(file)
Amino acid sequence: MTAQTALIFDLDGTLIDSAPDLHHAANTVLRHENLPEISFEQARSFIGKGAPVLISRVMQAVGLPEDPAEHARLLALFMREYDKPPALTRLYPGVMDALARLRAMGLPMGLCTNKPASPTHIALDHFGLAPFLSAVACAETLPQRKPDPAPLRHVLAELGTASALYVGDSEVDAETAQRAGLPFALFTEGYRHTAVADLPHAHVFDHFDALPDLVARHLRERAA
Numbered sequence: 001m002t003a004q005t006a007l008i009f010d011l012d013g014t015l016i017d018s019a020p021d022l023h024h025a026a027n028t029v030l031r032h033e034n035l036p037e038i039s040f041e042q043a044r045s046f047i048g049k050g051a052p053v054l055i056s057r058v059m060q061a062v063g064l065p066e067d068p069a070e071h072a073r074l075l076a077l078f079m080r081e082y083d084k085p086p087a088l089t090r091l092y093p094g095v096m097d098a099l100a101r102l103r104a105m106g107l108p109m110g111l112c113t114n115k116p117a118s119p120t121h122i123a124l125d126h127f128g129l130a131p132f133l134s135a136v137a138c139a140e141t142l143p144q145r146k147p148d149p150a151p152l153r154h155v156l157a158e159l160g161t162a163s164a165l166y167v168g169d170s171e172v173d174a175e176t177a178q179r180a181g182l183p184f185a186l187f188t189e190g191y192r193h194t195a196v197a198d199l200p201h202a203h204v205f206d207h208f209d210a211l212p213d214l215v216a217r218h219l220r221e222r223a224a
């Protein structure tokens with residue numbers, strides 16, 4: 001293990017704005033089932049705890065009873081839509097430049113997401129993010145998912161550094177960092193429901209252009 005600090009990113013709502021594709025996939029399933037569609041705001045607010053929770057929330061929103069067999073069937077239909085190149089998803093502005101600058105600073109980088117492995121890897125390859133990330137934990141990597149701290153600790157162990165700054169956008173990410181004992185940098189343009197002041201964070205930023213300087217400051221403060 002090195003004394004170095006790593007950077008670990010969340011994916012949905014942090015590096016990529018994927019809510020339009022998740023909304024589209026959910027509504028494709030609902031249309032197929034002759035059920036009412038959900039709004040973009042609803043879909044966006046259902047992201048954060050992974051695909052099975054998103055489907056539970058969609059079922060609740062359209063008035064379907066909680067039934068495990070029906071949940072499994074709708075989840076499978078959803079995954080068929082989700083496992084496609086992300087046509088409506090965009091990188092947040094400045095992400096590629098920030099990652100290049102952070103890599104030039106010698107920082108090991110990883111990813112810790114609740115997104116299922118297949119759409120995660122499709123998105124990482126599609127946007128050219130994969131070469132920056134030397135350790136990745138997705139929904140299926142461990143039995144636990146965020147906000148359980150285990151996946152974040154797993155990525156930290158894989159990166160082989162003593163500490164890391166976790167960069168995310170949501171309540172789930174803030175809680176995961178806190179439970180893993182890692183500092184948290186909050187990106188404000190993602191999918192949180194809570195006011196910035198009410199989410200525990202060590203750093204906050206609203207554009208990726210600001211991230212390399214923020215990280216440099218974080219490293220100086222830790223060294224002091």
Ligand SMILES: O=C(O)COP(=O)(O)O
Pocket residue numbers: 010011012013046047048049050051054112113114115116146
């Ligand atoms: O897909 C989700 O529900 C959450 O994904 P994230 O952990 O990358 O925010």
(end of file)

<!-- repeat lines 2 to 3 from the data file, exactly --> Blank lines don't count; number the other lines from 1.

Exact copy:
Numbered sequence: 001m002t003a004q005t006a007l008i009f010d011l012d013g014t015l016i017d018s019a020p021d022l023h024h025a026a027n028t029v030l031r032h033e034n035l036p037e038i039s040f041e042q043a044r045s046f047i048g049k050g051a052p053v054l055i056s057r058v059m060q061a062v063g064l065p066e067d068p069a070e071h072a073r074l075l076a077l078f079m080r081e082y083d084k085p086p087a088l089t090r091l092y093p094g095v096m097d098a099l100a101r102l103r104a105m106g107l108p109m110g111l112c113t114n115k116p117a118s119p120t121h122i123a124l125d126h127f128g129l130a131p132f133l134s135a136v137a138c139a140e141t142l143p144q145r146k147p148d149p150a151p152l153r154h155v156l157a158e159l160g161t162a163s164a165l166y167v168g169d170s171e172v173d174a175e176t177a178q179r180a181g182l183p184f185a186l187f188t189e190g191y192r193h194t195a196v197a198d199l200p201h202a203h204v205f206d207h208f209d210a211l212p213d214l215v216a217r218h219l220r221e222r223a224a
């Protein structure tokens with residue numbers, strides 16, 4: 001293990017704005033089932049705890065009873081839509097430049113997401129993010145998912161550094177960092193429901209252009 005600090009990113013709502021594709025996939029399933037569609041705001045607010053929770057929330061929103069067999073069937077239909085190149089998803093502005101600058105600073109980088117492995121890897125390859133990330137934990141990597149701290153600790157162990165700054169956008173990410181004992185940098189343009197002041201964070205930023213300087217400051221403060 002090195003004394004170095006790593007950077008670990010969340011994916012949905014942090015590096016990529018994927019809510020339009022998740023909304024589209026959910027509504028494709030609902031249309032197929034002759035059920036009412038959900039709004040973009042609803043879909044966006046259902047992201048954060050992974051695909052099975054998103055489907056539970058969609059079922060609740062359209063008035064379907066909680067039934068495990070029906071949940072499994074709708075989840076499978078959803079995954080068929082989700083496992084496609086992300087046509088409506090965009091990188092947040094400045095992400096590629098920030099990652100290049102952070103890599104030039106010698107920082108090991110990883111990813112810790114609740115997104116299922118297949119759409120995660122499709123998105124990482126599609127946007128050219130994969131070469132920056134030397135350790136990745138997705139929904140299926142461990143039995144636990146965020147906000148359980150285990151996946152974040154797993155990525156930290158894989159990166160082989162003593163500490164890391166976790167960069168995310170949501171309540172789930174803030175809680176995961178806190179439970180893993182890692183500092184948290186909050187990106188404000190993602191999918192949180194809570195006011196910035198009410199989410200525990202060590203750093204906050206609203207554009208990726210600001211991230212390399214923020215990280216440099218974080219490293220100086222830790223060294224002091």